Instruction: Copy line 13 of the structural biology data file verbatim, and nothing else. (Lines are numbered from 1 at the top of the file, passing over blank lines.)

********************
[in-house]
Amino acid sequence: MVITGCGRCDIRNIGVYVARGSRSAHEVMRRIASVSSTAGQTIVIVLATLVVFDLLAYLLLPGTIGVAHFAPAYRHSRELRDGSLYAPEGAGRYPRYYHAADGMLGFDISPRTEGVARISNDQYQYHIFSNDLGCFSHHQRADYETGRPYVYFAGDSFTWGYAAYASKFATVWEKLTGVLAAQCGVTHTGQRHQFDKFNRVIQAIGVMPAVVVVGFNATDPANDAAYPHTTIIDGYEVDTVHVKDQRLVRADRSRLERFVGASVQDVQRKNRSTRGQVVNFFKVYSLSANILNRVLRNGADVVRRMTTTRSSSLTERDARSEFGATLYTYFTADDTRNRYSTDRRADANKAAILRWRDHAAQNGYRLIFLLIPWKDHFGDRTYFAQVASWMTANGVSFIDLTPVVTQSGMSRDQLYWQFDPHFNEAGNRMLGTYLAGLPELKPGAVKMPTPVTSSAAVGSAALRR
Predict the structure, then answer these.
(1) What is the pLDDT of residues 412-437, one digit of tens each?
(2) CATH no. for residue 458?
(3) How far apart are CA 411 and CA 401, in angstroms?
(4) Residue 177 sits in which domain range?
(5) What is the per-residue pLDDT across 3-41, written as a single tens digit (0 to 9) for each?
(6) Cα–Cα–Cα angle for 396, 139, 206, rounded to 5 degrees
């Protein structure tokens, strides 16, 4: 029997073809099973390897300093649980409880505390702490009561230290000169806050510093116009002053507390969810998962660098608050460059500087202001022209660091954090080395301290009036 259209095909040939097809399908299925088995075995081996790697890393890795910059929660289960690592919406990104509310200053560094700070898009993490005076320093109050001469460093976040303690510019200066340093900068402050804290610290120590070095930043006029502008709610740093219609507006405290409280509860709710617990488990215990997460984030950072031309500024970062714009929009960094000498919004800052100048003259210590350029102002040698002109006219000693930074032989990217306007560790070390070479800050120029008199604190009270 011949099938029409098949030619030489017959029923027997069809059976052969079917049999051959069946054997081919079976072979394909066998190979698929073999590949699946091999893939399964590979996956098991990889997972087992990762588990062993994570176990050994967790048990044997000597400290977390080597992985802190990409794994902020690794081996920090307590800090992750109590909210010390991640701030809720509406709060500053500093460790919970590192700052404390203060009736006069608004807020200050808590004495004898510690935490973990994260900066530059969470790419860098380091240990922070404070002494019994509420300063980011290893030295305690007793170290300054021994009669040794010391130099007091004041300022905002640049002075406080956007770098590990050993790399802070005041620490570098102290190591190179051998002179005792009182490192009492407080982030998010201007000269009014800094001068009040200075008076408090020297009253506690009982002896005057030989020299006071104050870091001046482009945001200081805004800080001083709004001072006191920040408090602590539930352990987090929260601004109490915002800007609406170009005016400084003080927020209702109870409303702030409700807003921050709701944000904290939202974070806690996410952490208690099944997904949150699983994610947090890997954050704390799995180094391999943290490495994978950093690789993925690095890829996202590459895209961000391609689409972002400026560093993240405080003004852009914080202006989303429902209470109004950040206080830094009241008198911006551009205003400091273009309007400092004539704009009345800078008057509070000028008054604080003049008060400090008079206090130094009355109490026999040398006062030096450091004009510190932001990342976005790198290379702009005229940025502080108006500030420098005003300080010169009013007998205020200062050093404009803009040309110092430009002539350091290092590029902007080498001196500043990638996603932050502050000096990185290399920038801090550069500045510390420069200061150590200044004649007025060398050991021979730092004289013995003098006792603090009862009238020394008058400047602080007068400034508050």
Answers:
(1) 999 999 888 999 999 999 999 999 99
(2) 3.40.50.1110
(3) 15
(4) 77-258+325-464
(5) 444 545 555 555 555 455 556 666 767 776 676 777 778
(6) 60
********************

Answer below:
(2) 3.40.50.1110